Designers, bathrooms commune in MODA's ‘WaterDream' exhibit

The ocean-blue photograph of water that covers the Museum of Design Atlanta's front door is a tip to the immersion experience that awaits in the new exhibition "WaterDream: The Art of Bathroom Design."

You may fantasize of adding a spalike retreat in your home. You may even be fortunate enough to have one. But it's unlikely you've ever dreamed quite as deeply about the functions of the bathroom as the designers and architects whose concepts and creations are on view at MODA.

Most of their notions were set in motion by Hansgrohe International, a bath and kitchen manufacturing firm founded in Germany in 1901 with international offices now dotting the globe. Its North American headquarters is in Alpharetta.

Hansgrohe spent the 20th century getting people to buy into the idea of bathrooms as more than basic water closets -- moving, as the company phrases it, "from its historical, hygienic role to its place as a design-driven living space."

In a difficult economy, you might think that dream-stoking pursuit would have lost some steam. Au contraire, said Russ Wheeler, president of Hansgrohe North America, a MODA board member who was instrumental in organizing the museum's second show in its slick, expanded Midtown location across from the High Museum of Art.

"Everything is very hectic today. Mobile devices never get turned off," said Wheeler, as soothing sounds of sax, bird song and water flow mixed to set a chill mood in the galleries. "The only time you get away is in the bathroom. It's your last refuge where you can really relax."

Thus, Hansgrohe doesn't sedately stand by and let water-dreaming designers and architects come to it. Instead, it initiates innovation by taking these creative forces on global AquaTektur tours, to compile ideas on how different cultures commune with water. It also hosts the annual Hansgrohe Water Symposium at the Aquademie Event Centre in Schiltach, Germany. The fourth edition, with the theme "Touched by Water -- The Union Between Humans and Water," is set for October.

Fear not, however, if you don't happen to be heading to Germany's Black Forest region this fall. Instead, you can float through MODA's "WaterDream," which includes a visual timeline of bath evolution from early 19th century Europe to today, a gallery showing design advances in fixtures, and another spotlighting the visions of four international creators whose works are produced by Hansgrohe.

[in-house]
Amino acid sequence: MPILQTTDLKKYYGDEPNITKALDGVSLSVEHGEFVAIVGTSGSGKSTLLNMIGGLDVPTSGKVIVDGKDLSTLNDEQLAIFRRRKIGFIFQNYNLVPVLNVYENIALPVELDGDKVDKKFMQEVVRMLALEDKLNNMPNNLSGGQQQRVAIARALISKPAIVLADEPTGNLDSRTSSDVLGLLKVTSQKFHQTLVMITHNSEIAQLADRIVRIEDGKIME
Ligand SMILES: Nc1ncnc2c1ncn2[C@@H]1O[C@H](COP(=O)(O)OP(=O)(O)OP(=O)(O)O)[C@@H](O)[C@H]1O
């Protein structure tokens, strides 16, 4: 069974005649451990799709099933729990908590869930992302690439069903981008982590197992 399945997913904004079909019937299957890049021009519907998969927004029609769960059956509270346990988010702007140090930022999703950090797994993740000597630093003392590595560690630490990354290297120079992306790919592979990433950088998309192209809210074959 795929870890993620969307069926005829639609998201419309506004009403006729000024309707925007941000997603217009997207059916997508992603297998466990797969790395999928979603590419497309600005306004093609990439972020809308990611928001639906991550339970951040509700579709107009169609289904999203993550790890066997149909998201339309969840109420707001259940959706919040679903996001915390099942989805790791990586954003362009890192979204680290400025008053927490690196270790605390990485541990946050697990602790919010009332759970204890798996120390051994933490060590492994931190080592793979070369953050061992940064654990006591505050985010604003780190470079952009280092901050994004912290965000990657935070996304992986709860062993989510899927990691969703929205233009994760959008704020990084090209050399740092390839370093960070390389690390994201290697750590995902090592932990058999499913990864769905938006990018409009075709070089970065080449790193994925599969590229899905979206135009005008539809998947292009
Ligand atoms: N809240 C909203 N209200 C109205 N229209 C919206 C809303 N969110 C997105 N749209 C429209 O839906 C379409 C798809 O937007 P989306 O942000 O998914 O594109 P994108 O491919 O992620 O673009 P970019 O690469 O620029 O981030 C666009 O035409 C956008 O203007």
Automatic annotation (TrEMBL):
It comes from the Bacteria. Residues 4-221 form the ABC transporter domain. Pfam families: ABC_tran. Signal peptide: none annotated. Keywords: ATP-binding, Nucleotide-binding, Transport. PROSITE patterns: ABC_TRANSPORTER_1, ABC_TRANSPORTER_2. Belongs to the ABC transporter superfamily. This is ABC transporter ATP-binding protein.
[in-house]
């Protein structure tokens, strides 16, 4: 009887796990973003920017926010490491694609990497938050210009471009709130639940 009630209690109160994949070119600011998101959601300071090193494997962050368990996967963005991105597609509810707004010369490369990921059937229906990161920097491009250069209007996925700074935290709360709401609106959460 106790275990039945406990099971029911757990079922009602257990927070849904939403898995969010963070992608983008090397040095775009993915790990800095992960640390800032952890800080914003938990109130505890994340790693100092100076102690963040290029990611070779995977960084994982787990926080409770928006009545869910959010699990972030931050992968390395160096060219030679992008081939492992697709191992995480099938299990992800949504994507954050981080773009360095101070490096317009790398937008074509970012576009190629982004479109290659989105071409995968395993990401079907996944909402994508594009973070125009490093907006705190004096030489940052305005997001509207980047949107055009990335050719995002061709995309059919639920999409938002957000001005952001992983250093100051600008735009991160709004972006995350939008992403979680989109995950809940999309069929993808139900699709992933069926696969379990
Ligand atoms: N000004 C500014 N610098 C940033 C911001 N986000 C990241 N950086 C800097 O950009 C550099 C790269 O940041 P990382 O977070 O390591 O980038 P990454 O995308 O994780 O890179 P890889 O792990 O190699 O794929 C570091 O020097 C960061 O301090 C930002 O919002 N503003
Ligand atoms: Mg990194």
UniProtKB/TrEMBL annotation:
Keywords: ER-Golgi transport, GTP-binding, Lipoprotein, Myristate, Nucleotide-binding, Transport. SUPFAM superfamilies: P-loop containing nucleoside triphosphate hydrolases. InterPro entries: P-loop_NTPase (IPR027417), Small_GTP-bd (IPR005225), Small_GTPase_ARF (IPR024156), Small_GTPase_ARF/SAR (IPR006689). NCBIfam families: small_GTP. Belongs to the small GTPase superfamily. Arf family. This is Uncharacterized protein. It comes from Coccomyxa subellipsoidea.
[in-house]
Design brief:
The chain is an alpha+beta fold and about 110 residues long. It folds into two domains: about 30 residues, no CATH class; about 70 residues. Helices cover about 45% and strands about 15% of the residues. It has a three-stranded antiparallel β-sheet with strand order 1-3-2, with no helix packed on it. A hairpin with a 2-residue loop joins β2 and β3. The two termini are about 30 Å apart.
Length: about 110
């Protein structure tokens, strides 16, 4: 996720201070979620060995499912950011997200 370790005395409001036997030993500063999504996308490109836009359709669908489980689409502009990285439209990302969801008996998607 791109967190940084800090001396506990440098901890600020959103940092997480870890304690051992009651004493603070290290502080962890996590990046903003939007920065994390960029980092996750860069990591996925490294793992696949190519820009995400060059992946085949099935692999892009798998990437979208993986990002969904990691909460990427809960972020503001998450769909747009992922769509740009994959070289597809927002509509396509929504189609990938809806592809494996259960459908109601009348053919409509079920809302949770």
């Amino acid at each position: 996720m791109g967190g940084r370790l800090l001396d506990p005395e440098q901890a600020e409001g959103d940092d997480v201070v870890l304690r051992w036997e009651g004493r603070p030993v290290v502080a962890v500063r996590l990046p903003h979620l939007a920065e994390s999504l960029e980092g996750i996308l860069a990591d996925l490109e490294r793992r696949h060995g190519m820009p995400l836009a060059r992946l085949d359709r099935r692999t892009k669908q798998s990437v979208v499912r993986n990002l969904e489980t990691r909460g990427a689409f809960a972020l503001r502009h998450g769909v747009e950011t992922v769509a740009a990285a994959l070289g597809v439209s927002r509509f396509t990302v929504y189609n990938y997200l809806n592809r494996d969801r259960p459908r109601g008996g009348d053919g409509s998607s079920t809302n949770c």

(This would be a good place to acknowledge that the show, while restrained enough not to come off like a supersized commercial for the German bath and kitchen manufacturer, is very heavily Hansgrohe. But if you can accept that James Bond is unlikely to ever drive anything other than an Aston Martin, this may not trouble you.)

Hansgrohe’s designer brand Axor commissioned Jean-Marie Massaud, Patricia Urquiola and Erwan and Ronan Bouroullec to think beyond the pressures of bringing products to market and create "visionary landscapes" for the bath of the future. Their fanciful room designs were presented at the Milan International Furniture Fair in 2005, a display re-created in MODA's largest gallery (along with a display of minimalist design trailblazer Philippe Starck).

French designer Massaud's organic design is like an Asian-inspired living room built around water features including a sunken tub large enough for a family of four and sinks sprouting up from the floor like fountains. A fanciful touch is a huge cloud of moss floating across the ceiling, supposedly to provide an extra dose of oxygen.

French brothers the Bouroullecs emphasize modular design that invites customer customization, not only in hardware finishes but where faucets and other fixtures are positioned.

Urquiola, a Spaniard who works in Italy, created what she called a "dreamlike grove" where "faucets grow naturally like bamboo to create an animated forest." Urquiola has two tubs, basins and everything else in her dream bath so that mates can enjoy a little individual space while being together. Female exhibit visitors also seem to especially like that the designer places mirrors off to the side of sinks so that one doesn't have to gaze at one's self in the morning until properly composed.

Hansgrohe official Wheeler was asked by one skeptical gallery-goer if all this fanciful design is really more a flight of imagination than something that will touch the masses. "Yes, it absolutely can be, but it's going to look different," he responded. "This is something that's going to inspire you. It's very design-centric. You take it and figure out how to incorporate it into your own home."

And if you happen to like the sensuous lines of Massaud's $10,000 tub, well, it happens to be available.

On view

"WaterDream: The Art of Bathroom Design"

10 a.m.-5 p.m. Tuesdays-Saturdays (until 8 p.m. Thursdays), noon-5 p.m. Sundays. Through Sept. 24. $10; $8 seniors and military; $5 students and ages 5 and older. 1315 Peachtree St., Atlanta. 404-979-6455,

Drink in Design: 6-8 p.m. Thursday featuring steel drum music by David Cooper and an exhibit tour by Russ Wheeler, president of Hansgrohe North America, at 7 p.m. (regular admission includes free drink).